It was not always this way. In 1963, the German writer Heinrich Böll published a fictional story of a visitor to a small fishing village somewhere in the West of Europe. His visitor carries with him the full conviction of the work ethic. Spotting an apparently lazy local fisherman resting in his boat, the visitor asks impatiently why the man doesn’t spend more time fishing, catching more, eventually building a lucrative multi-vessel business. With that effort, he could hope to work his way towards time away from work. It falls to the simple but not so naive fisherman to point out the irony of that recommendation. With no pressure to make something of himself, the fisherman is free — enviably so. He has what many seek: his own idle time. He has it by default. His circumstances may have been remarkably fortunate, yet Böll’s story captures a recognizable time when work was considered a necessary evil, second in value to other goods like friendship, rest and community.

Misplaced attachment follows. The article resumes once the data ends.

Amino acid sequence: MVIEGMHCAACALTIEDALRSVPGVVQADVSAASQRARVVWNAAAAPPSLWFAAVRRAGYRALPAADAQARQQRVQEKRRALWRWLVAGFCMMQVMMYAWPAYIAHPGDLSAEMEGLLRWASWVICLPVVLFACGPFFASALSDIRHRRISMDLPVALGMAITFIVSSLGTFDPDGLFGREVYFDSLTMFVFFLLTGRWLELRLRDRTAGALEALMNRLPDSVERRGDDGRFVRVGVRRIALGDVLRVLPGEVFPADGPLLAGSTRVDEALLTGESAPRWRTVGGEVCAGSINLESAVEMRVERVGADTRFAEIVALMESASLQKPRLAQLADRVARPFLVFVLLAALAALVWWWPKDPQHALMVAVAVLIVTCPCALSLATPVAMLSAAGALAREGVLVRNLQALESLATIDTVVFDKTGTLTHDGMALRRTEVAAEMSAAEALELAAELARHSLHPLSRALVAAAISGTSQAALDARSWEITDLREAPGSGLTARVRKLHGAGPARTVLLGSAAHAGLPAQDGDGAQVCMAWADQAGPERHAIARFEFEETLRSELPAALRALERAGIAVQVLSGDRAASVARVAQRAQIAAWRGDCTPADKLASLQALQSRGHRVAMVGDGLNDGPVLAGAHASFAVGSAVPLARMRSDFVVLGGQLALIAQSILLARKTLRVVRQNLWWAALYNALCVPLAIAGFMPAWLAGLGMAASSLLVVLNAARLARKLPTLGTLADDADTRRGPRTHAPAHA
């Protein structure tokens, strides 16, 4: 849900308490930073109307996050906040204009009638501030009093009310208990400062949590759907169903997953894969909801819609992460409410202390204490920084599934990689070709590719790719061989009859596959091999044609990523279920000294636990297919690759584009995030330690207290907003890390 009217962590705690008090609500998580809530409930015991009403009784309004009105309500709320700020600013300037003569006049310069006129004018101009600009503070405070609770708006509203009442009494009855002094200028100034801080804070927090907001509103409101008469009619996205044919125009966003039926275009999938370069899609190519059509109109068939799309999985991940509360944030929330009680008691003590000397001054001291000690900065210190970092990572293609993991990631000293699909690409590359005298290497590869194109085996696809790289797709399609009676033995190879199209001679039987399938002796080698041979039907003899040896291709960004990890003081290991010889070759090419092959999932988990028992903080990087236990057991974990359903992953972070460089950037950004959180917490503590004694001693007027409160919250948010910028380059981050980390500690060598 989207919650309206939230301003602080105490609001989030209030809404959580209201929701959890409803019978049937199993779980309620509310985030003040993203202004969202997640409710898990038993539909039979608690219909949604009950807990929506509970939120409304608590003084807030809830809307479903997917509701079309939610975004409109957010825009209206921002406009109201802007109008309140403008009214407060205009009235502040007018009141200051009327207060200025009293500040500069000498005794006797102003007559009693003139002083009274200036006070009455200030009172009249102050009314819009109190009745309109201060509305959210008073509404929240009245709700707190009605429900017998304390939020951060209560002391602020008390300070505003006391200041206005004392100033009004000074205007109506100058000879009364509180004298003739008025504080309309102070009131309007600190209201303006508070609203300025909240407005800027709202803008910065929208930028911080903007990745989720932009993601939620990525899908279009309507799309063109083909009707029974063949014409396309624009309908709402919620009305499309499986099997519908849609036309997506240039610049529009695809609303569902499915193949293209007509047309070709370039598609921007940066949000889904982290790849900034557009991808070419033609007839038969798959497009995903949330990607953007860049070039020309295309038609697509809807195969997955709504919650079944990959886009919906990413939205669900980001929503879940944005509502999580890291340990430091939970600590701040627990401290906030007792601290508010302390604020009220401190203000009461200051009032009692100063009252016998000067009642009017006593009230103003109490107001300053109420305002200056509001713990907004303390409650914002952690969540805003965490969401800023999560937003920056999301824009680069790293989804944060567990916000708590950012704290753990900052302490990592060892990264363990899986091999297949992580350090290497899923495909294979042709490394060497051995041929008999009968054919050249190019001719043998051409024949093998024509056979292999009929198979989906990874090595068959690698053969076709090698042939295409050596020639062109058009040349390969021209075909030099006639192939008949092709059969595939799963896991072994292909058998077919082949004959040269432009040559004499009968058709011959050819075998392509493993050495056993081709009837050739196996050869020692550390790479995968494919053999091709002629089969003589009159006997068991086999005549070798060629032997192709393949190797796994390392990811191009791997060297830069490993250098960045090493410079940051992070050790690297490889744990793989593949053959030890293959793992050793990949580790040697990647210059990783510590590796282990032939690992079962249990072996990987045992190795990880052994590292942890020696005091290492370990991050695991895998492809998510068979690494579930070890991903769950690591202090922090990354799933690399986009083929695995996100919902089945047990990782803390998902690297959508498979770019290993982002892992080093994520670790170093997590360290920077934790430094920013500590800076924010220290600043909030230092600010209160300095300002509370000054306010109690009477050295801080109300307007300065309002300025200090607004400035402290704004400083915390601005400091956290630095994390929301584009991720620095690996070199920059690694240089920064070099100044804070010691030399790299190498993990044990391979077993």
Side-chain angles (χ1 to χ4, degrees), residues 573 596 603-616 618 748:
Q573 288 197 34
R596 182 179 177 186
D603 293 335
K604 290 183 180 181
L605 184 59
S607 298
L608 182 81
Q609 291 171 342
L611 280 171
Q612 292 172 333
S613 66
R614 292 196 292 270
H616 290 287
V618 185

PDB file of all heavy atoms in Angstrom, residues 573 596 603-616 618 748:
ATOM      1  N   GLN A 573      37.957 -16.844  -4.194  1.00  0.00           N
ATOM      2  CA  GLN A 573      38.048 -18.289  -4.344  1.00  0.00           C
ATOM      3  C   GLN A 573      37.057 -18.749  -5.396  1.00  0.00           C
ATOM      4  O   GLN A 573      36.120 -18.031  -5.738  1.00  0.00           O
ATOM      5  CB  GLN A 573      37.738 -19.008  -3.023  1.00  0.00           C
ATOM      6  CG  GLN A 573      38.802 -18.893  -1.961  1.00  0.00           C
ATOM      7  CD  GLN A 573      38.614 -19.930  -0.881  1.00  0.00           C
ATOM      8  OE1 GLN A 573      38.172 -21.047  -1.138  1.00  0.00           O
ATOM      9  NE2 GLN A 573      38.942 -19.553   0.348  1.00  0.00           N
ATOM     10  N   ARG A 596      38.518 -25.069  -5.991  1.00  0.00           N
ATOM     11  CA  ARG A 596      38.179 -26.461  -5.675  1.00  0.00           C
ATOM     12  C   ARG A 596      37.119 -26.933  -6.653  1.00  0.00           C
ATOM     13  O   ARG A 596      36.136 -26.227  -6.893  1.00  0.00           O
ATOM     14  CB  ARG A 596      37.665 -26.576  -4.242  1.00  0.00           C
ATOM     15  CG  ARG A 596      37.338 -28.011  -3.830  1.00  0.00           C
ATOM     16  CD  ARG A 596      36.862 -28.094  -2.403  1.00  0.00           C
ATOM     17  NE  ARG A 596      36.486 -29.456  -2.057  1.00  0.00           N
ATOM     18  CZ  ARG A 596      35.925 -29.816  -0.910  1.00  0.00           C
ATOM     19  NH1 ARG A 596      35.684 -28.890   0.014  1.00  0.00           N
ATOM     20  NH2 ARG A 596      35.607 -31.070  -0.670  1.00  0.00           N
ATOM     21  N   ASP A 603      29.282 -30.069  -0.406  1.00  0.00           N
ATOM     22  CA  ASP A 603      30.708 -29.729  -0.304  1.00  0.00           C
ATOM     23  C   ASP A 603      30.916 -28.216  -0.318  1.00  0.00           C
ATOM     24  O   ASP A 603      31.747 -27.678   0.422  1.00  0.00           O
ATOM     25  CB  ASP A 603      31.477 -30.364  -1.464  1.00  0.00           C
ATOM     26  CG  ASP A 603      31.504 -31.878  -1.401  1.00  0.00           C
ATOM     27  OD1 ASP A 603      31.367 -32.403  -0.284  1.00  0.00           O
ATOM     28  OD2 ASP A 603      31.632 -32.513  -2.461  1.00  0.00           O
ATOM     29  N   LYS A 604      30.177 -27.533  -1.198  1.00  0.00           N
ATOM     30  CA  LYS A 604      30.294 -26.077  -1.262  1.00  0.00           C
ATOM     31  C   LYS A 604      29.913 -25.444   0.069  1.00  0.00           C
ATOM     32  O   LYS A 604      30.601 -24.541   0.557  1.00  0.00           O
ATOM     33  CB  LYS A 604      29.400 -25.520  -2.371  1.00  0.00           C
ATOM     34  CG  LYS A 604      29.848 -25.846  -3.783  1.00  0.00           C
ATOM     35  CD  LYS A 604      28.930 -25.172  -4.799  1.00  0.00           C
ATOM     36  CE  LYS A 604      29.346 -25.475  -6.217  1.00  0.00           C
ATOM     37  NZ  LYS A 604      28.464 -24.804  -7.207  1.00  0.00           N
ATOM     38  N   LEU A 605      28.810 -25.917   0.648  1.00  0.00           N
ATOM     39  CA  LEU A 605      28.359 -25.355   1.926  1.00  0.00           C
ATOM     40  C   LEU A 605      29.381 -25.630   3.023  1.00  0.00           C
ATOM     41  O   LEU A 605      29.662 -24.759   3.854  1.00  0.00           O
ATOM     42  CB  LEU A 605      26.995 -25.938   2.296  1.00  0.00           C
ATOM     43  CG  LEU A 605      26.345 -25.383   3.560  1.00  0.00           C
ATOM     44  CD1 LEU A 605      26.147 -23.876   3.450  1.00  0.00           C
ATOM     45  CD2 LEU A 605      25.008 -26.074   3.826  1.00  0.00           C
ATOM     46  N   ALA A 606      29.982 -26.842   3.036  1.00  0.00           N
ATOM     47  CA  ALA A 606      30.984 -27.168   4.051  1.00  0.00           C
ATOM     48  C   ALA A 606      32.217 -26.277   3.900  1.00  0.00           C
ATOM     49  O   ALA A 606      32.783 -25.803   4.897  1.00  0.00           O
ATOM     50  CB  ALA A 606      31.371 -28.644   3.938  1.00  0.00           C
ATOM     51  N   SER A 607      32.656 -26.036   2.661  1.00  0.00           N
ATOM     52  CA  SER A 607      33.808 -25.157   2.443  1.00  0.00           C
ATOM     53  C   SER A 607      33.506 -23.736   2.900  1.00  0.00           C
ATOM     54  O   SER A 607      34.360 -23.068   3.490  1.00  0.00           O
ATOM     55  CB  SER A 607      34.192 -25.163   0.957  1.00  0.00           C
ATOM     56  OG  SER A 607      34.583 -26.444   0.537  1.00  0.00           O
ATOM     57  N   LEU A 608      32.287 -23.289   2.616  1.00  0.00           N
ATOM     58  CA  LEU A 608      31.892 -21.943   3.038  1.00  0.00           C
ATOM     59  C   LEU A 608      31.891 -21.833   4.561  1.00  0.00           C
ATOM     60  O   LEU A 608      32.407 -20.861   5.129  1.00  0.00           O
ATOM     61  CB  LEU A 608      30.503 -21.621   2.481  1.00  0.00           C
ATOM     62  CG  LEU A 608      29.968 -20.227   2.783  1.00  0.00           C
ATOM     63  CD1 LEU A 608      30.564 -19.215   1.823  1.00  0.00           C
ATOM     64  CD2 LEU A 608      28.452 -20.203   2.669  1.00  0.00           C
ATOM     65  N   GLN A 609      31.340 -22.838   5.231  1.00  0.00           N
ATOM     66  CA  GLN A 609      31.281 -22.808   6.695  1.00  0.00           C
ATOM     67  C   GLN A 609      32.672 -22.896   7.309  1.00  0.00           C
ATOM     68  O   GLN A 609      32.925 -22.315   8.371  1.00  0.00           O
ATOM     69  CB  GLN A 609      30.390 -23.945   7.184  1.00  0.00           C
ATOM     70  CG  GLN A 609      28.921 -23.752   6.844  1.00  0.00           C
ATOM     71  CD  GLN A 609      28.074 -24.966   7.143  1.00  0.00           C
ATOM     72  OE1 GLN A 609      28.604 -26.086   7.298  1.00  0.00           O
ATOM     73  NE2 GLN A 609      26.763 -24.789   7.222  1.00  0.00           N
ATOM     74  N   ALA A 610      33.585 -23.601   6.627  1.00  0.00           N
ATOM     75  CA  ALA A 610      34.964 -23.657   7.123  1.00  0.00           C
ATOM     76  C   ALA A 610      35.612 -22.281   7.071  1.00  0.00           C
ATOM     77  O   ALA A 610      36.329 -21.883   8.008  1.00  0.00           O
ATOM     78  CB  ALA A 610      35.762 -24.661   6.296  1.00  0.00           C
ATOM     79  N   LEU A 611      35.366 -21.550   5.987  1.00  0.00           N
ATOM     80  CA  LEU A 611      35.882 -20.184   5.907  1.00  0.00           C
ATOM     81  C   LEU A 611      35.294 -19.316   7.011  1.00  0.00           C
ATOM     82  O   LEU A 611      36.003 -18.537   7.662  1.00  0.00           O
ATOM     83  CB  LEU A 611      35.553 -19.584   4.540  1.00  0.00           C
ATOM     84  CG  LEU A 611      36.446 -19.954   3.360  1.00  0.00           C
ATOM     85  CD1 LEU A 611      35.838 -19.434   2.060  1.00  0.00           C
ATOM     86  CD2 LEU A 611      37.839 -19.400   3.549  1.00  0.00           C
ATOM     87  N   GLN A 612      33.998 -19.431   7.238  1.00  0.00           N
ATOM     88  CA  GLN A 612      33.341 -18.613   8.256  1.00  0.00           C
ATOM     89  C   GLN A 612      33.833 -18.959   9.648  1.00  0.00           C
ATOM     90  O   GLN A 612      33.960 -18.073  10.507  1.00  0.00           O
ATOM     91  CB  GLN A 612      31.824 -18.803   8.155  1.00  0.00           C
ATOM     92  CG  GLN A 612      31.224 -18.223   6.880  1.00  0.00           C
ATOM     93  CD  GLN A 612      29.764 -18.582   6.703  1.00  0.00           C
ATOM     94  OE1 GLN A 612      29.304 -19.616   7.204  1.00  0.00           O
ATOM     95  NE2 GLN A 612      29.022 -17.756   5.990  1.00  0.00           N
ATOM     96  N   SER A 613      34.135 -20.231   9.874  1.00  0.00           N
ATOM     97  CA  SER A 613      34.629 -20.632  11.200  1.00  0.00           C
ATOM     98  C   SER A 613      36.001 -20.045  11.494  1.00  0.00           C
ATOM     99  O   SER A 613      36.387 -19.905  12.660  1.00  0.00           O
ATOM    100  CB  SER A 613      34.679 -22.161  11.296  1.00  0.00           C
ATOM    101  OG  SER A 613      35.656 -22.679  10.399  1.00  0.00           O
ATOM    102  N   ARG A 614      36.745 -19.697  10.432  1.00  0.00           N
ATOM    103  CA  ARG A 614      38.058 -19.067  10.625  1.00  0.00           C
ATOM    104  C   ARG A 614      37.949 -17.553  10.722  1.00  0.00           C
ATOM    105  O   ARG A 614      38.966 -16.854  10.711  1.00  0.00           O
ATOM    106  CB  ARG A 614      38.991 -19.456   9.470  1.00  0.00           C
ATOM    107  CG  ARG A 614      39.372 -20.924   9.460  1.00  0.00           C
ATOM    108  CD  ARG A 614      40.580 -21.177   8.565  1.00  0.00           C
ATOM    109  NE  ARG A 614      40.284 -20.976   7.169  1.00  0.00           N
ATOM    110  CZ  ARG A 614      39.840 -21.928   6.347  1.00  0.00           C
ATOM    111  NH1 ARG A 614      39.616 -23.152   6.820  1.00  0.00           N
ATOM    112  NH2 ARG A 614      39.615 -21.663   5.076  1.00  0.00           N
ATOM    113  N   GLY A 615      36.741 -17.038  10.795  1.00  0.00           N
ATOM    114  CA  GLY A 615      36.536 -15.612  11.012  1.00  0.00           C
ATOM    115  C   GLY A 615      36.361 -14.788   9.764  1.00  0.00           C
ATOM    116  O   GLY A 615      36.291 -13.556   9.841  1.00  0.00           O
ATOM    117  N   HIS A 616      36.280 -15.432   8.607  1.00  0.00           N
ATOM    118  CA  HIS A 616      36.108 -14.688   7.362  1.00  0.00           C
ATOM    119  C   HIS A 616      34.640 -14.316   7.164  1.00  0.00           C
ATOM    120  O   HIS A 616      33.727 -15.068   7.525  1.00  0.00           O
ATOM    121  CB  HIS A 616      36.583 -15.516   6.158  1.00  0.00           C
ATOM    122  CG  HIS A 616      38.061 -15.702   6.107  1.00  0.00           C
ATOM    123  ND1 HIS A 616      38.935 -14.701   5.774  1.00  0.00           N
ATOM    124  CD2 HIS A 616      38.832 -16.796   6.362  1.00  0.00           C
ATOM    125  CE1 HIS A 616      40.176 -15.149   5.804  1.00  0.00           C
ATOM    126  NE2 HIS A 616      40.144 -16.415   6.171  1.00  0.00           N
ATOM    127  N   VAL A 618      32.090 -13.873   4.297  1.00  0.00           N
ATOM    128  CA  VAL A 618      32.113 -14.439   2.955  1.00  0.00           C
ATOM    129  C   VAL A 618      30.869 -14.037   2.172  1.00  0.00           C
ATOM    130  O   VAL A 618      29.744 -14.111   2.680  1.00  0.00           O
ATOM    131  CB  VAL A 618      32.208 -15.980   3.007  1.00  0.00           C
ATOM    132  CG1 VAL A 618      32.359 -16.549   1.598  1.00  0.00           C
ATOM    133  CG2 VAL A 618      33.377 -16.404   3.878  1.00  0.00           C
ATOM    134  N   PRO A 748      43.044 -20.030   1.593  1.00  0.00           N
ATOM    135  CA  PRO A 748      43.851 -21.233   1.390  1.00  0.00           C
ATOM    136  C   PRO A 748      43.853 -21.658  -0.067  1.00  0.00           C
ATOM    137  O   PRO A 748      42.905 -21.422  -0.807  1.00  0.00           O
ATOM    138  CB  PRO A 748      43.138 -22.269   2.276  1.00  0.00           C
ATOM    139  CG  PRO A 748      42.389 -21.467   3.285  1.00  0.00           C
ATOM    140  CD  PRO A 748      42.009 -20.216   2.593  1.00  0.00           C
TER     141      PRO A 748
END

It may be unrealistic to believe we could return to a world like that. And there are dangers of wishful thinking in believing such a world was ever successful in meeting the fundamental range of human needs — our emotional, material and intellectual needs. Our unqualified belief in progress especially affords it little credibility. There is nothing commendable about leaving all work to others, or in pretending that no level of work is essential to survival. Economic precariousness is not just dangerous to one’s health but also psychologically draining. (It is telling that a common perception of people out of work or down on their luck — that they are lazy — is infected with the supposed moral virtue of busyness.) In society today, we cannot forget these facts — and realize that it will be difficult to decouple ourselves from our deep socialization as useful workers.